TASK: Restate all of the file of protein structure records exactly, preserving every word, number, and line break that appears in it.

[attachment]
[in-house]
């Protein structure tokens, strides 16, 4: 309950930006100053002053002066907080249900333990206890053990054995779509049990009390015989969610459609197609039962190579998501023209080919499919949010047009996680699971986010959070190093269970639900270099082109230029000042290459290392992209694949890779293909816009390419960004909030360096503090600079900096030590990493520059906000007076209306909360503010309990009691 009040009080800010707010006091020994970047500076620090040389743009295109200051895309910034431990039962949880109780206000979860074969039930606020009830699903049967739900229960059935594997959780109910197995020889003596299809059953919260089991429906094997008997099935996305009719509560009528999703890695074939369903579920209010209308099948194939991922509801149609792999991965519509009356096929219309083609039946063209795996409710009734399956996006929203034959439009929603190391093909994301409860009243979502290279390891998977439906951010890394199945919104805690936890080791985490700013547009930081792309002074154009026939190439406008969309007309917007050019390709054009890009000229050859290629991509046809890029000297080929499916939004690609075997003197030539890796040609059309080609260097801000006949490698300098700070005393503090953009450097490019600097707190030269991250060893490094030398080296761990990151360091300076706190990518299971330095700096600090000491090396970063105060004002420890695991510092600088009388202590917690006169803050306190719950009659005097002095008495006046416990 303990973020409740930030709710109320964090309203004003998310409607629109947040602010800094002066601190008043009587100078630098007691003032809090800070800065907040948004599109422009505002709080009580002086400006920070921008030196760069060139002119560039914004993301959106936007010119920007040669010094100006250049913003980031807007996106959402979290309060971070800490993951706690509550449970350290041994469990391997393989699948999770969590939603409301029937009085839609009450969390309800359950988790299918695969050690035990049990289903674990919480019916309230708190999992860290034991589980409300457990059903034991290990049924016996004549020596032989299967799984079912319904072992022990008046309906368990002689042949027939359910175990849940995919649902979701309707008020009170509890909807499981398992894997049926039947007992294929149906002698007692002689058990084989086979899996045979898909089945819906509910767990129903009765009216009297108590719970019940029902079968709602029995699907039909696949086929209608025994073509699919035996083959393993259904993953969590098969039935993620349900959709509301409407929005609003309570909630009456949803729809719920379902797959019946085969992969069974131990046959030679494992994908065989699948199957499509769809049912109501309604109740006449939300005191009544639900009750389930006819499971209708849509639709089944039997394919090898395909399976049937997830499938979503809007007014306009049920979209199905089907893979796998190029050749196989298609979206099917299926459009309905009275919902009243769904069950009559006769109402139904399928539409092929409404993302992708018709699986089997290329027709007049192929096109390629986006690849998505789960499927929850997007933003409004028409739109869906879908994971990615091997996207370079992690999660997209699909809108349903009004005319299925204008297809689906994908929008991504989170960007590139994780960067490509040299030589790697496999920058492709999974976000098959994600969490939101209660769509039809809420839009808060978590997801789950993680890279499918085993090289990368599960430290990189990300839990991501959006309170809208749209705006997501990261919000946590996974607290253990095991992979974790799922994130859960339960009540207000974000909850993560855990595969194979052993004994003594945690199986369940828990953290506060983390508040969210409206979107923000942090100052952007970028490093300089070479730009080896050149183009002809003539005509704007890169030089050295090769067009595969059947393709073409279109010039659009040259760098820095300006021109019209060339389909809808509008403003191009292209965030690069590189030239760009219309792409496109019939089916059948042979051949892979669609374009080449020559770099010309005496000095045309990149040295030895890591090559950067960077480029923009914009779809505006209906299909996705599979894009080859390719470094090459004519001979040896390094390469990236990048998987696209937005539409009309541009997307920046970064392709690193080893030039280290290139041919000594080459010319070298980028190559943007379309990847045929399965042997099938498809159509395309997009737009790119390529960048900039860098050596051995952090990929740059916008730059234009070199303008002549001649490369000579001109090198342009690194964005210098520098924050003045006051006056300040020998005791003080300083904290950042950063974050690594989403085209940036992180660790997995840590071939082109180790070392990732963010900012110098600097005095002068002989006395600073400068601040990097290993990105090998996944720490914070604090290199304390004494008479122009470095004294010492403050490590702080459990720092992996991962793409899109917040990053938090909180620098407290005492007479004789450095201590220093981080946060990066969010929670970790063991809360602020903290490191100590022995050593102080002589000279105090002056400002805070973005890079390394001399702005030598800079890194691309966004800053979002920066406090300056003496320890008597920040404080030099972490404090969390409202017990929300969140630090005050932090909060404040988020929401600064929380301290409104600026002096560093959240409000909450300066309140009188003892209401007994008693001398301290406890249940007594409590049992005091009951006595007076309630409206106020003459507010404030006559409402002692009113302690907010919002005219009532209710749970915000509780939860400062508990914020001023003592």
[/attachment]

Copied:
[in-house]
């Protein structure tokens, strides 16, 4: 309950930006100053002053002066907080249900333990206890053990054995779509049990009390015989969610459609197609039962190579998501023209080919499919949010047009996680699971986010959070190093269970639900270099082109230029000042290459290392992209694949890779293909816009390419960004909030360096503090600079900096030590990493520059906000007076209306909360503010309990009691 009040009080800010707010006091020994970047500076620090040389743009295109200051895309910034431990039962949880109780206000979860074969039930606020009830699903049967739900229960059935594997959780109910197995020889003596299809059953919260089991429906094997008997099935996305009719509560009528999703890695074939369903579920209010209308099948194939991922509801149609792999991965519509009356096929219309083609039946063209795996409710009734399956996006929203034959439009929603190391093909994301409860009243979502290279390891998977439906951010890394199945919104805690936890080791985490700013547009930081792309002074154009026939190439406008969309007309917007050019390709054009890009000229050859290629991509046809890029000297080929499916939004690609075997003197030539890796040609059309080609260097801000006949490698300098700070005393503090953009450097490019600097707190030269991250060893490094030398080296761990990151360091300076706190990518299971330095700096600090000491090396970063105060004002420890695991510092600088009388202590917690006169803050306190719950009659005097002095008495006046416990 303990973020409740930030709710109320964090309203004003998310409607629109947040602010800094002066601190008043009587100078630098007691003032809090800070800065907040948004599109422009505002709080009580002086400006920070921008030196760069060139002119560039914004993301959106936007010119920007040669010094100006250049913003980031807007996106959402979290309060971070800490993951706690509550449970350290041994469990391997393989699948999770969590939603409301029937009085839609009450969390309800359950988790299918695969050690035990049990289903674990919480019916309230708190999992860290034991589980409300457990059903034991290990049924016996004549020596032989299967799984079912319904072992022990008046309906368990002689042949027939359910175990849940995919649902979701309707008020009170509890909807499981398992894997049926039947007992294929149906002698007692002689058990084989086979899996045979898909089945819906509910767990129903009765009216009297108590719970019940029902079968709602029995699907039909696949086929209608025994073509699919035996083959393993259904993953969590098969039935993620349900959709509301409407929005609003309570909630009456949803729809719920379902797959019946085969992969069974131990046959030679494992994908065989699948199957499509769809049912109501309604109740006449939300005191009544639900009750389930006819499971209708849509639709089944039997394919090898395909399976049937997830499938979503809007007014306009049920979209199905089907893979796998190029050749196989298609979206099917299926459009309905009275919902009243769904069950009559006769109402139904399928539409092929409404993302992708018709699986089997290329027709007049192929096109390629986006690849998505789960499927929850997007933003409004028409739109869906879908994971990615091997996207370079992690999660997209699909809108349903009004005319299925204008297809689906994908929008991504989170960007590139994780960067490509040299030589790697496999920058492709999974976000098959994600969490939101209660769509039809809420839009808060978590997801789950993680890279499918085993090289990368599960430290990189990300839990991501959006309170809208749209705006997501990261919000946590996974607290253990095991992979974790799922994130859960339960009540207000974000909850993560855990595969194979052993004994003594945690199986369940828990953290506060983390508040969210409206979107923000942090100052952007970028490093300089070479730009080896050149183009002809003539005509704007890169030089050295090769067009595969059947393709073409279109010039659009040259760098820095300006021109019209060339389909809808509008403003191009292209965030690069590189030239760009219309792409496109019939089916059948042979051949892979669609374009080449020559770099010309005496000095045309990149040295030895890591090559950067960077480029923009914009779809505006209906299909996705599979894009080859390719470094090459004519001979040896390094390469990236990048998987696209937005539409009309541009997307920046970064392709690193080893030039280290290139041919000594080459010319070298980028190559943007379309990847045929399965042997099938498809159509395309997009737009790119390529960048900039860098050596051995952090990929740059916008730059234009070199303008002549001649490369000579001109090198342009690194964005210098520098924050003045006051006056300040020998005791003080300083904290950042950063974050690594989403085209940036992180660790997995840590071939082109180790070392990732963010900012110098600097005095002068002989006395600073400068601040990097290993990105090998996944720490914070604090290199304390004494008479122009470095004294010492403050490590702080459990720092992996991962793409899109917040990053938090909180620098407290005492007479004789450095201590220093981080946060990066969010929670970790063991809360602020903290490191100590022995050593102080002589000279105090002056400002805070973005890079390394001399702005030598800079890194691309966004800053979002920066406090300056003496320890008597920040404080030099972490404090969390409202017990929300969140630090005050932090909060404040988020929401600064929380301290409104600026002096560093959240409000909450300066309140009188003892209401007994008693001398301290406890249940007594409590049992005091009951006595007076309630409206106020003459507010404030006559409402002692009113302690907010919002005219009532209710749970915000509780939860400062508990914020001023003592």